NFL: Washington Redskins at Arizona Cardinals
Mark J. Rebilas / USA TODAY Sports

The investigation into the Washington Football Team and its alleged workplace misconduct has reportedly concluded, and a punishment has been handed down to the franchise and its owner. According to the NFL, Washington will pay $10 million -- which will be given to organizations "committed to character education, anti-bullying, healthy relationships and related topics." 

This investigation was launched following a troubling report from the Washington Post published last July, which included 15 former employees claiming they were sexually harassed during their time with the club. The allegations included came from a time frame of 2006-19, and the Post categorized them into two categories: "unwelcome overtures or comments of a sexual nature," and "exhortations to wear revealing clothing and flirt with clients to close sales deals." Then in August, the Post published another report citing interviews of more than 100 employees who claimed Washington owner Dan Snyder "has presided over an organization in which women say they have been marginalized, discriminated against and exploited." While Washington initially launched its own investigation, the NFL eventually took over the proceedings in late August.   

Snyder was accused of attempting to use cheerleaders in inappropriate ways and having inappropriate videos of cheerleader photoshoots created for him. He released a statement following the conclusion of the investigation, which said that he agrees with Commissioner Roger Goodell's decision. He also said that he feels "great remorse" for those who had traumatic experiences working for Washington, and that he's dedicated to change.

You can read Snyder's full statement below:

Beth Wilkinson, who led the investigation, handed down 10 specific recommendations that Snyder and his wife Tanya, who was named co-CEO earlier this week, agreed to implement. Among them are new protocols for reporting harassment and the expansion of HR and Legal within the organization.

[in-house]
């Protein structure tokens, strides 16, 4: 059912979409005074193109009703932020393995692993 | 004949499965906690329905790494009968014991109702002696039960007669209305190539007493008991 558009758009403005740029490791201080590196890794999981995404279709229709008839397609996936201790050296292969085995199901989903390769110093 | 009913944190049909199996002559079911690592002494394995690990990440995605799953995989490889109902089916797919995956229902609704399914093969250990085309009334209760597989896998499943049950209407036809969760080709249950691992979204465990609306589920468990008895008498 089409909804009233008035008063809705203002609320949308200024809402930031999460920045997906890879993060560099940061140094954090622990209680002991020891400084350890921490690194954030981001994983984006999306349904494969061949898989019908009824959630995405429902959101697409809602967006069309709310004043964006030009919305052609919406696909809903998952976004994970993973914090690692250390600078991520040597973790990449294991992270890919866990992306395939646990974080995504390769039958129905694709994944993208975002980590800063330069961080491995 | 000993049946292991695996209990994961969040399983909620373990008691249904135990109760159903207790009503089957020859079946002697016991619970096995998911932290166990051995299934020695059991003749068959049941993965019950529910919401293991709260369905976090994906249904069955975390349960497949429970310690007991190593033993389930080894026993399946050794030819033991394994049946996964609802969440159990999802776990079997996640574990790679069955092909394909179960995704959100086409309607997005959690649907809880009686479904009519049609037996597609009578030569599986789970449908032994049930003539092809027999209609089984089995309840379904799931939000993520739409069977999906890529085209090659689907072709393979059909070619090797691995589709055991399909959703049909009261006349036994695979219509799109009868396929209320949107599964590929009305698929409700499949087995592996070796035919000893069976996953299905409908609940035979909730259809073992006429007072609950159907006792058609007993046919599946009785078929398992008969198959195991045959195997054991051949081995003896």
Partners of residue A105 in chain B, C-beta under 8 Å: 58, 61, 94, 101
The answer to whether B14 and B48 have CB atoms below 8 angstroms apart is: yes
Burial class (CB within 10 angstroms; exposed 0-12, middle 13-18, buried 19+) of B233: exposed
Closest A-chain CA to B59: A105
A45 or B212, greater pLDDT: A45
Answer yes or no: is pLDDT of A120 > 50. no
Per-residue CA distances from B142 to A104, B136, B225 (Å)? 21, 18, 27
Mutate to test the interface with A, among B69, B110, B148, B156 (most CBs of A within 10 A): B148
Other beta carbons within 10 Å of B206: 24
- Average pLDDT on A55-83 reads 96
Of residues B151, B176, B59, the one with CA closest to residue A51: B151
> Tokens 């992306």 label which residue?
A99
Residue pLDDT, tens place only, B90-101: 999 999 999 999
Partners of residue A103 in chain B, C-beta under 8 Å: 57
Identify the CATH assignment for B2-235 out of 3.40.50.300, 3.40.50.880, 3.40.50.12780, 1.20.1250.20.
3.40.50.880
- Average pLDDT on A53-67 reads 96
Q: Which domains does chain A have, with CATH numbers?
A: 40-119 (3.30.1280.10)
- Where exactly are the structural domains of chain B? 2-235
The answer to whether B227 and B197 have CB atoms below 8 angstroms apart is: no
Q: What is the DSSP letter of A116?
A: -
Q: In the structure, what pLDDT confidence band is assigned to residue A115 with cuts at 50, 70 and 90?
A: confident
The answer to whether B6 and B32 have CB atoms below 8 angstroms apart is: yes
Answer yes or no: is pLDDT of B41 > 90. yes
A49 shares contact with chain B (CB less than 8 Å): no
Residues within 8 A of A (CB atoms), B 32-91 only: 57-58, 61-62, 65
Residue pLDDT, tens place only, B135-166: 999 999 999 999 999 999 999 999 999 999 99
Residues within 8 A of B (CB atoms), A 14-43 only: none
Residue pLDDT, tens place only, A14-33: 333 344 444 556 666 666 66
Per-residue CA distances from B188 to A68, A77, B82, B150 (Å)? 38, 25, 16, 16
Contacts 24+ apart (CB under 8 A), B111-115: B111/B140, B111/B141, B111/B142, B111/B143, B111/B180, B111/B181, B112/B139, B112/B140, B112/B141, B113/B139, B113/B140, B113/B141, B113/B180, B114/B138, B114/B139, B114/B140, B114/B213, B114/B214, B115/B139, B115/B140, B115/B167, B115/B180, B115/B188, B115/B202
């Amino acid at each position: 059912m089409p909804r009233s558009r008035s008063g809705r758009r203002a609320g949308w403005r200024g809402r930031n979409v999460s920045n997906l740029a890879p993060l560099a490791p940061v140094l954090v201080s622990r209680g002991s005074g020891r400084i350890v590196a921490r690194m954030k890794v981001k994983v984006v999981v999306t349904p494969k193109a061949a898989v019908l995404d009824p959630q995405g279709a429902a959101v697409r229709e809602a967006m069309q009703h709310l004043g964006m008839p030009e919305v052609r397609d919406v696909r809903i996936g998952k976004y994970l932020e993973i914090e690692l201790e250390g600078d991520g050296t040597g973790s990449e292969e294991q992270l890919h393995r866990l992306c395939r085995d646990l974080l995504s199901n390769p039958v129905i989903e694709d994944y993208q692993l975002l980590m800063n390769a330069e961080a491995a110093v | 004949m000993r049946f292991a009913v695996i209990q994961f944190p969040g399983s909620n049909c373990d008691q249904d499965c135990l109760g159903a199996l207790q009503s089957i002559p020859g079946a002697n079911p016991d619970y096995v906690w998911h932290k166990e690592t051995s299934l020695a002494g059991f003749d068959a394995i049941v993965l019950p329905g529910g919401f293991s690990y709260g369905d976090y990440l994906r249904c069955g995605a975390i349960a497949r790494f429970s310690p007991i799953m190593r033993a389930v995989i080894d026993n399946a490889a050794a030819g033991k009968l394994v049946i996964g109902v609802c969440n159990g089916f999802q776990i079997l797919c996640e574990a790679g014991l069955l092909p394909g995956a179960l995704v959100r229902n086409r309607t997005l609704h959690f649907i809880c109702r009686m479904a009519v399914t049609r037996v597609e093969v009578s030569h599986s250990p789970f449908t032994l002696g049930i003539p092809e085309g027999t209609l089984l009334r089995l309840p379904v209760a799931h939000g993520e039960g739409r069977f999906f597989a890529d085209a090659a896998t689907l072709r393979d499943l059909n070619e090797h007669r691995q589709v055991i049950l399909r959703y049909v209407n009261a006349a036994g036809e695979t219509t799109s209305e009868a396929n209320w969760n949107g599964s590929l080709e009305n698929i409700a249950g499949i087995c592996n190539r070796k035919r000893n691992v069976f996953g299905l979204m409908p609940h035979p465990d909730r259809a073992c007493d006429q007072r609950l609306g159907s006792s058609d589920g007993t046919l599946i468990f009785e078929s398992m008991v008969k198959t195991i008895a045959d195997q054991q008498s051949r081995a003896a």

Some thought Snyder could be forced to sell the team following the conclusion of this investigation, but he will remain in power. It will look a little different for now, however, as the NFL's official release noted that Tanya will assume the day-to-day responsibilities and represent the club at all league meetings for "at least the next several months." As for Dan, he will be focused on creating a plan for the new stadium "and other matters." According to NFL counsel Janet Nova, Tanya taking over the day-to-day operations is "voluntary," so this was not specifically a punishment handed down to Dan.

Many were puzzled by the league's final ruling and others were outraged with how the results of the investigation were communicated to those in charge. Attorneys Lisa Banks and Debra Katz, who represent 40 former Washington employees, released this statement following the NFL's decision, via Nicki Jhabvala of the Washington Post:

"In response to a year-long investigation in which more than 100 witnesses were interviewed, and which we believe substantiated our clients' allegations of pervasive harassment, misogyny and abuse at the Washington Football Team, the NFL has chosen to protect owner Dan Snyder. Ignoring our requests that it make the report prepared by Beth Wilkinson public, the NFL has chosen instead to receive only an oral report of the findings and to fine Dan Snyder what amounts to pocket change. That is truly outrageous, and is a slap in the face to the hundreds of women and former employees who came forward in good faith and at great personal risk to report a culture of abuse at all levels of the Team, including by Snyder himself. The NFL has effectively told survivors in this country and around the world that it does not care about them or credit their experiences. Female fans, and fans of goodwill everywhere, take note."